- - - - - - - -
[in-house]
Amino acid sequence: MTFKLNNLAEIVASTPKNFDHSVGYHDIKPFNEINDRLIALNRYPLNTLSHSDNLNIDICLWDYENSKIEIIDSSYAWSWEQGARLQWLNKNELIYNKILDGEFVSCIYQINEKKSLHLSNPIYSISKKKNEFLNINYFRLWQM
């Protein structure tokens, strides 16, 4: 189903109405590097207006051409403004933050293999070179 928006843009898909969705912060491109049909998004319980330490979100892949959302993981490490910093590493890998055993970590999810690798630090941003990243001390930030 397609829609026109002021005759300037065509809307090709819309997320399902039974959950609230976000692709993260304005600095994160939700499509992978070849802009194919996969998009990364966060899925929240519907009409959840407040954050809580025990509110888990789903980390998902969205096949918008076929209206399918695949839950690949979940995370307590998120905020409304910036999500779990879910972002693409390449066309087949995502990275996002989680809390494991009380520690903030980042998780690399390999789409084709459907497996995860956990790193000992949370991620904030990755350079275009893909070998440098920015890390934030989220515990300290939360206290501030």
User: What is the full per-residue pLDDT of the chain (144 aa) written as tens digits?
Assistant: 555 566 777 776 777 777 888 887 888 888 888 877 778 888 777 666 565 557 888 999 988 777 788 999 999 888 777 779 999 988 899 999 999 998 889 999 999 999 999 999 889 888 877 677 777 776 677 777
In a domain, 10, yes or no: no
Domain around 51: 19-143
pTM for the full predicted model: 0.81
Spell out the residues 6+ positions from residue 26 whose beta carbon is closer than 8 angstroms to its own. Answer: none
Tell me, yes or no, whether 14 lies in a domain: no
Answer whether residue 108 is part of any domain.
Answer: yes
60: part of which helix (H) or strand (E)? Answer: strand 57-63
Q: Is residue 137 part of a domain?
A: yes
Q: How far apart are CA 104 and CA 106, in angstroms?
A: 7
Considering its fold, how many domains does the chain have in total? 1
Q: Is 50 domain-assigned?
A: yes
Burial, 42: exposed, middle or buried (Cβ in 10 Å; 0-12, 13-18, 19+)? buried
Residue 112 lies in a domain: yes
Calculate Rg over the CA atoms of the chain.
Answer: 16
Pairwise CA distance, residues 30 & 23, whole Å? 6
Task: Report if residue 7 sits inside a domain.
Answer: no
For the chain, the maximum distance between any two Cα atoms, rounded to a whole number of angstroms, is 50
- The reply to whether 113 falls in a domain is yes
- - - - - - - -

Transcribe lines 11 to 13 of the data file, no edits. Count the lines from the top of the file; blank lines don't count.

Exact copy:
Answer whether residue 108 is part of any domain.
Answer: yes
60: part of which helix (H) or strand (E)? Answer: strand 57-63